I’ve been working intensely since graduation, trying to get things rolling; I think I only had one week off! I’m setting up a studio with a fellow Royal College of Art alumna Carolina Dahl, laying the foundations, making a website, contacting clients and upscaling from freelancing to a full-time practice. She’s based in Gothenburg and I’m in Stockholm, and we’ve been travelling to meet clients in London. Last week, we went to Seoul to participate in the International Typography Biennale.
Carolina and I started working together in the second year of the Master’s. Our interests are closely aligned and I’d never met anyone with such similar visions and ambitions as my own before. In the summer between first and second-year, we had a trial period of working together and that’s why we named ourselves Summer Studio.
I did my BA in Graphic Design & Illustration at Konstfack University in Stockholm. It was a very good course and they have a Master’s programme there as well, but I chose the RCA because I wanted to get a broader perspective beyond Stockholm. Aside from wanting time to further define my own practice, I always knew I wanted to find a partner to work with and, luckily, that happened.
First-year was tightly scheduled. To begin with, I found that a bit frustrating but, looking back, I wouldn’t want it any other way because I learnt many good things. I always knew that I wanted to do graphic design, although illustration is a big influence in my work as well. It was good to be able to do illustration electives alongside design research and graphic design.
I worked on my dissertation over the summer, so I had done a lot of research and had a lot of energy built up to launch into the final year. I wrote about how hand-drawn type affects the value of communication, looking at less refined typefaces, and I framed this within queer theory. I wanted my dissertation to result in a kind of strategy for working critically with graphic design, and that was successful in that it informed the work I did for the Work-in-progress and Final Show.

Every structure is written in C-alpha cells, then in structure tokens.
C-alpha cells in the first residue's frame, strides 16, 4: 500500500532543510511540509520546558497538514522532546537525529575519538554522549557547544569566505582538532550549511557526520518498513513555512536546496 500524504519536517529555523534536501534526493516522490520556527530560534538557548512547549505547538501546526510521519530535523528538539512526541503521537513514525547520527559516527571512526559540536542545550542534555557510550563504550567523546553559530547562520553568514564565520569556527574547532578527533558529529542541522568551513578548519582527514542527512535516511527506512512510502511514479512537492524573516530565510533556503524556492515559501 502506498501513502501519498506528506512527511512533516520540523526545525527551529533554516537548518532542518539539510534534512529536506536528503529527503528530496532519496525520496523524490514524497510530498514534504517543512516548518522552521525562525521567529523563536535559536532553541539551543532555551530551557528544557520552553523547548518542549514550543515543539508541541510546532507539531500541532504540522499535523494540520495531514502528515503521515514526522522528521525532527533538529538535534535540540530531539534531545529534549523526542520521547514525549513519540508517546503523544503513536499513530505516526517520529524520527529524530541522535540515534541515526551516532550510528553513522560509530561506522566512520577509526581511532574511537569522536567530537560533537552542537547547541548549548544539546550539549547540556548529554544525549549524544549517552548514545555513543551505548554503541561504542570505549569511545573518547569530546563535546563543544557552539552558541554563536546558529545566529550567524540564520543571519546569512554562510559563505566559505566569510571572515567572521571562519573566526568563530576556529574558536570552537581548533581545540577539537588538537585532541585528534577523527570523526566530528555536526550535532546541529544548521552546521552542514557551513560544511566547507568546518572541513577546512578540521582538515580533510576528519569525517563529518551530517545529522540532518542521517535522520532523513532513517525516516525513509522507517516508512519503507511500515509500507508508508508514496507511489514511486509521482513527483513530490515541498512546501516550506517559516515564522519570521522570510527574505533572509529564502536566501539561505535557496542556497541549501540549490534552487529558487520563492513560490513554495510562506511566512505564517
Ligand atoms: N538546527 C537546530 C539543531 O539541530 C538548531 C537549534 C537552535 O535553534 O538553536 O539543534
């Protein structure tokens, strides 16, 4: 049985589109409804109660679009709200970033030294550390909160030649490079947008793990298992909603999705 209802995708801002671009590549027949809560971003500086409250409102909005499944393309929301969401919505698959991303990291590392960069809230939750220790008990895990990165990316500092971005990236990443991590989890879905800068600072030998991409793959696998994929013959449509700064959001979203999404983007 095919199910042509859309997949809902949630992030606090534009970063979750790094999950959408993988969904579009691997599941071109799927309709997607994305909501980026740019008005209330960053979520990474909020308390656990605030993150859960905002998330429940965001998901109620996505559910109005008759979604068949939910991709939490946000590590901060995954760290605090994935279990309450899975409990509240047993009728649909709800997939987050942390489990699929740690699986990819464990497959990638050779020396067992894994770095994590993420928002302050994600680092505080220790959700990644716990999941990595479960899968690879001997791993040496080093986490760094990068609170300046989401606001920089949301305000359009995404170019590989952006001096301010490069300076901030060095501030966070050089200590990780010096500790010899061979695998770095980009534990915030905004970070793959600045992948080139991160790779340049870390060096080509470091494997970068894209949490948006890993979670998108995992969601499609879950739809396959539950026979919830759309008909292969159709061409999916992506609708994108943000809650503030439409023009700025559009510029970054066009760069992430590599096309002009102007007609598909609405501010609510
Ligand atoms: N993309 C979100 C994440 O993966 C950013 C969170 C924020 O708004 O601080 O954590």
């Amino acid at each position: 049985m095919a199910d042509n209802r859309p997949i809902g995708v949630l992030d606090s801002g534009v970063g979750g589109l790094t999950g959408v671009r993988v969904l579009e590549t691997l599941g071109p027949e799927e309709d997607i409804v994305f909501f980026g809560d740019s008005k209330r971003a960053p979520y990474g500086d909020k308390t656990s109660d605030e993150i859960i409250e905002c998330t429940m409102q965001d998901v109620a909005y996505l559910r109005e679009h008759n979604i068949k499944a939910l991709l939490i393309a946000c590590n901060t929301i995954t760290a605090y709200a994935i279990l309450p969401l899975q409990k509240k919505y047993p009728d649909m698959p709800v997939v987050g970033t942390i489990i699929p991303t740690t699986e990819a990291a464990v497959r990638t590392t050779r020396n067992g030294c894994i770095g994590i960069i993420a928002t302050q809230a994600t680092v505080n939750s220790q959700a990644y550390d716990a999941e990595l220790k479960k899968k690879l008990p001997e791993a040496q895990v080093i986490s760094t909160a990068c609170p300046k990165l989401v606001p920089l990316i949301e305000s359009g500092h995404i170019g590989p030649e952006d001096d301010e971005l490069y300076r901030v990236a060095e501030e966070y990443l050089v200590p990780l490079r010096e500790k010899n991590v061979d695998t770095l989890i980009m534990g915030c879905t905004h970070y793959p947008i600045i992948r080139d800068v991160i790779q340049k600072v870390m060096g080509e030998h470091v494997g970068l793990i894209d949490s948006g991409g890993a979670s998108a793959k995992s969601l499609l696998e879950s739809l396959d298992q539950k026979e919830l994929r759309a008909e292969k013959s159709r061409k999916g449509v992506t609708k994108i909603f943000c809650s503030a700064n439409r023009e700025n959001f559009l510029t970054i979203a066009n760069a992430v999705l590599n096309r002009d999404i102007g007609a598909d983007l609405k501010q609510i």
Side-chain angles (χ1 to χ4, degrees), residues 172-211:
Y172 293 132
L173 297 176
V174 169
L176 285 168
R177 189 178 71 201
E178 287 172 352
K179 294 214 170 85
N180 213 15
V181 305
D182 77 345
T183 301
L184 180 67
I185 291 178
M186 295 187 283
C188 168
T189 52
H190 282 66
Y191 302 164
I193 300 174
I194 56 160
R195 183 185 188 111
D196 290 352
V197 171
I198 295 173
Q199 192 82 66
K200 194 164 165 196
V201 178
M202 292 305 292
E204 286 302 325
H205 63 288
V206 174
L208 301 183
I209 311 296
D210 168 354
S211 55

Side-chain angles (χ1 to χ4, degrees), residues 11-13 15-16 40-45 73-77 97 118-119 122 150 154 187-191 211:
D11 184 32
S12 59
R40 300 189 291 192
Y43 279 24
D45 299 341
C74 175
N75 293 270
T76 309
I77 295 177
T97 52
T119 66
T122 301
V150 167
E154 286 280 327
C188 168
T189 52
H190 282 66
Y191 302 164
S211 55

For the Work-in-progress I designed a 3D modular typeface, made in wood. The pieces were like building blocks from which you can form each letter. My research was about daring to define your own structures and letter shapes, for type to be truly expressive. There are so many conventions in type design and that feels restrictive. The building blocks were intended to enable a critical approach to designing typefaces; with these modules, you can put them together in unexpected ways, and create a fantastical R instead of a normal R. It was about social construction – you can learn the convention, or you can explore your own fantasies or invent new forms. The work can function as a tool for expressive type-design, but also as a metaphor for de/re-construction of societal norms.
For the Final Show, I drew on primary research I’d done for the dissertation into the contexts for script typefaces and sans-serif typefaces. I found that they are used in a highly gendered way, for example, CocaCola Zero for men has a sans-serif font, and CocaCola Light for women is set in a script. Gendered type is also very apparent on t-shirts in high-street clothing stores, especially in the children’s department. I took that on into my final project, designing two new typefaces, and switching the statements and the type. It made the communication a lot more ambiguous. I call it queer type.
I feel like I’m 10 years older than when I started at the RCA, in that I had a lot of things I wanted to think about and I got the time to do that – think about them, explore them, work with them, defend them, and put them into words. I know much more about my ideas and my approach, for example that my work is founded in research. I feel more confident in my expression now.
The RCA offers diversity in practices, people and cultures. The multitude sharpens your mind in the process of defining your own practice. There are so many opportunities and the expectations of you are really high, from tutors and fellow students; I pushed myself in ways that I wouldn’t have done in another context.
"My research was about daring to define your own structures and letter shapes, for type to be truly expressive."